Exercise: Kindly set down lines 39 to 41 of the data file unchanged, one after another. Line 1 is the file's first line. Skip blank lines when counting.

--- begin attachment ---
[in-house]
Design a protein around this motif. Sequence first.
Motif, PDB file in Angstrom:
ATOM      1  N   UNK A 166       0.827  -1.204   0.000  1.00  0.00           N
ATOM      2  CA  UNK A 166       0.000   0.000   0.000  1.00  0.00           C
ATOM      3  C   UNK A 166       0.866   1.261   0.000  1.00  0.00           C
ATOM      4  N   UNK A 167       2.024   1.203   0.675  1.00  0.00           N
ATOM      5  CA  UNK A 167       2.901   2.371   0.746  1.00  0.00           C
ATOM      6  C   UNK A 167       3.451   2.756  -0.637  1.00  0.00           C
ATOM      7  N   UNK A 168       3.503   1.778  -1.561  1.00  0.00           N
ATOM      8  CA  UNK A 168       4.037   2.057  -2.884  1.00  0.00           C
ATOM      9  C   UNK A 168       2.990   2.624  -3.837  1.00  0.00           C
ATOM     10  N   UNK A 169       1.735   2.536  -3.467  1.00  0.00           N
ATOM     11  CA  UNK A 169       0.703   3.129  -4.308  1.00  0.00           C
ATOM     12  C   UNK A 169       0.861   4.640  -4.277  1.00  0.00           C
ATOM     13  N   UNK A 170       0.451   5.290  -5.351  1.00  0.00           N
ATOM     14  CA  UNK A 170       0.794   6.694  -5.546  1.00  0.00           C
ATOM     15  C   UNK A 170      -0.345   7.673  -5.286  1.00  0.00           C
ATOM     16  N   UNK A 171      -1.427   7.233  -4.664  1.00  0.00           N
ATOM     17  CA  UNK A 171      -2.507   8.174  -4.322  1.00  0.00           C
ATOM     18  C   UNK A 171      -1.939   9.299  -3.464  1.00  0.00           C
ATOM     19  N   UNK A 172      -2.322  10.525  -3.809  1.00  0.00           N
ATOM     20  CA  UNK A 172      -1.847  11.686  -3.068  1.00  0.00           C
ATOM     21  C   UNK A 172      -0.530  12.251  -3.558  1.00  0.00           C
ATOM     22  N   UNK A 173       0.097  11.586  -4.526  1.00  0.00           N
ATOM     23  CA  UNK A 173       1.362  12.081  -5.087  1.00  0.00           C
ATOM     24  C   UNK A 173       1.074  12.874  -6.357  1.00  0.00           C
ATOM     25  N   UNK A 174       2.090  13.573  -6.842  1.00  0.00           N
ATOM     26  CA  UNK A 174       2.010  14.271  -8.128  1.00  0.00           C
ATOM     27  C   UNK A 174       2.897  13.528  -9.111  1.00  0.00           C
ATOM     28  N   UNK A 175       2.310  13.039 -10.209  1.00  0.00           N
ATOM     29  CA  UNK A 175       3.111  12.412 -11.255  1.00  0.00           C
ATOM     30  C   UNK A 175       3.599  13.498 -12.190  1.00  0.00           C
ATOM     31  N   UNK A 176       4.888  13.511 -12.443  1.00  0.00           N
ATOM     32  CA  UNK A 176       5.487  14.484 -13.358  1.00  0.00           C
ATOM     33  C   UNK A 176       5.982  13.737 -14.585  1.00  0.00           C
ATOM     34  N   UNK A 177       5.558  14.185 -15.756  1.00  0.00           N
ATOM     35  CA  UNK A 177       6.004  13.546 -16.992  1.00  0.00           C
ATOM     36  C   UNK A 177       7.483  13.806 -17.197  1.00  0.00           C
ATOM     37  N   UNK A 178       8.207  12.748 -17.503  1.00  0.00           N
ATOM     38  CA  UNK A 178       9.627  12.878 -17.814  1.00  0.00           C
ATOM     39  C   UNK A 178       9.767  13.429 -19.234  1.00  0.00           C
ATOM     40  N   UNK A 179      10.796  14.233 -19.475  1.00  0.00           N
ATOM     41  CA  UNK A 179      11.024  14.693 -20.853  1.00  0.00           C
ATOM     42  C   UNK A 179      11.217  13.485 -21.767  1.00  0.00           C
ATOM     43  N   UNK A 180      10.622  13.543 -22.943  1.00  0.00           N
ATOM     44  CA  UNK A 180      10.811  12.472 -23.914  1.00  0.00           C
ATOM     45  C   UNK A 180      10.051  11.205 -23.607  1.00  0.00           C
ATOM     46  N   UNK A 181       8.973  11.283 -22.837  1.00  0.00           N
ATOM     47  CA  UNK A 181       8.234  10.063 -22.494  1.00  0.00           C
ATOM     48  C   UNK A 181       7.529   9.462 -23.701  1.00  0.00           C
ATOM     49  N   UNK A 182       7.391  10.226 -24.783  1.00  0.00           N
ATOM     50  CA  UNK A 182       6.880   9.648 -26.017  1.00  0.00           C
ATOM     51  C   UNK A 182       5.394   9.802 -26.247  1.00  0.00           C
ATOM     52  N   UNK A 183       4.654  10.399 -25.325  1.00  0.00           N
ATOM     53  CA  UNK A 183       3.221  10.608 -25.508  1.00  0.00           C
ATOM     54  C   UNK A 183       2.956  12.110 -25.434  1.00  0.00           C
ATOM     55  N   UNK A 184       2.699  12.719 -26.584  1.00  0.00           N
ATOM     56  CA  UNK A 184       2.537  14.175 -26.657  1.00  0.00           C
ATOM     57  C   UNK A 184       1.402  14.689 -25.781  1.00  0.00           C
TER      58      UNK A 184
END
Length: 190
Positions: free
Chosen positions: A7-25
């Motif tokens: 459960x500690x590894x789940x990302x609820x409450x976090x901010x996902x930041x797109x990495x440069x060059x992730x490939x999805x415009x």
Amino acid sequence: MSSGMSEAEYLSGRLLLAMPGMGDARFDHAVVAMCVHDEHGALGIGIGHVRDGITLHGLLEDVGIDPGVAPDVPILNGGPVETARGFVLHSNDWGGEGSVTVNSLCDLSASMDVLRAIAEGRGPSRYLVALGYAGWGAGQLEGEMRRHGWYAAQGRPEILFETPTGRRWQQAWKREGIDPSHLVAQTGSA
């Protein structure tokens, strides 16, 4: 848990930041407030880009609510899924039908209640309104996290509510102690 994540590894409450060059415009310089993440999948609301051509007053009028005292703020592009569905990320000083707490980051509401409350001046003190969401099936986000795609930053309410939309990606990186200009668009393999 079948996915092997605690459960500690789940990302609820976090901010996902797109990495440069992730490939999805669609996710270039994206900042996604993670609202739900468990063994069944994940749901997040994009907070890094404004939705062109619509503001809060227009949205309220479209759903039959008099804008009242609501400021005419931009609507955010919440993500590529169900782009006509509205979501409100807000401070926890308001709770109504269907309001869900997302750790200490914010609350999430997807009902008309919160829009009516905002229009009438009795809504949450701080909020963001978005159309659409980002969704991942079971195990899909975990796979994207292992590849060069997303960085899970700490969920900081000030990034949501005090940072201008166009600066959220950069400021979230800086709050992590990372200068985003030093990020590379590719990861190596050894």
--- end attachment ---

ATOM     36  C   UNK A 177       7.483  13.806 -17.197  1.00  0.00           C
ATOM     37  N   UNK A 178       8.207  12.748 -17.503  1.00  0.00           N
ATOM     38  CA  UNK A 178       9.627  12.878 -17.814  1.00  0.00           C